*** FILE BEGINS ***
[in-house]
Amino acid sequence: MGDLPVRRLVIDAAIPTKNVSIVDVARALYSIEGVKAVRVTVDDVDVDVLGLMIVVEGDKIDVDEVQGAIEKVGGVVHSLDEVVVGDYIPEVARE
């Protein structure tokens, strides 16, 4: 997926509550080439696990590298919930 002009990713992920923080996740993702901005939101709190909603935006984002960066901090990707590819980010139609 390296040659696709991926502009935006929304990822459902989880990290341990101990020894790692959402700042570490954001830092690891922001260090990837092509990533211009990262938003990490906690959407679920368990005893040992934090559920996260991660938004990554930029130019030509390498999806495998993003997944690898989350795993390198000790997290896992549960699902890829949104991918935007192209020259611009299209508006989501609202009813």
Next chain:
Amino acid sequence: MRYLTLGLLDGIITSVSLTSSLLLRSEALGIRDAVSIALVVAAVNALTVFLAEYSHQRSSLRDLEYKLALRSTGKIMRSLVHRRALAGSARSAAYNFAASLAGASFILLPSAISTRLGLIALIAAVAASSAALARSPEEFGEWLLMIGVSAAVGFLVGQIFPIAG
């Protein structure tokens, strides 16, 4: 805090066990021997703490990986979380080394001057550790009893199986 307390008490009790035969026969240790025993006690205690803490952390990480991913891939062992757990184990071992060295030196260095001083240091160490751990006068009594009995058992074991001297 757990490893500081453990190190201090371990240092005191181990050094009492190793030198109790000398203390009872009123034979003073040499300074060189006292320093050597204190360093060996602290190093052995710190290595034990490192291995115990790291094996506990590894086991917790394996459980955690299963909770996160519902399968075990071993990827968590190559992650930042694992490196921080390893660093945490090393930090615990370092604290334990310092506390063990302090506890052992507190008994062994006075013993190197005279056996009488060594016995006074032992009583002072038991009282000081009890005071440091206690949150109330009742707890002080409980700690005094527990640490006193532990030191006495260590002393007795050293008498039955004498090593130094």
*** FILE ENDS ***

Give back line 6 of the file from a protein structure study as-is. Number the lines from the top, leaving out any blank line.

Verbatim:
């Protein structure tokens, strides 16, 4: 805090066990021997703490990986979380080394001057550790009893199986 307390008490009790035969026969240790025993006690205690803490952390990480991913891939062992757990184990071992060295030196260095001083240091160490751990006068009594009995058992074991001297 757990490893500081453990190190201090371990240092005191181990050094009492190793030198109790000398203390009872009123034979003073040499300074060189006292320093050597204190360093060996602290190093052995710190290595034990490192291995115990790291094996506990590894086991917790394996459980955690299963909770996160519902399968075990071993990827968590190559992650930042694992490196921080390893660093945490090393930090615990370092604290334990310092506390063990302090506890052992507190008994062994006075013993190197005279056996009488060594016995006074032992009583002072038991009282000081009890005071440091206690949150109330009742707890002080409980700690005094527990640490006193532990030191006495260590002393007795050293008498039955004498090593130094």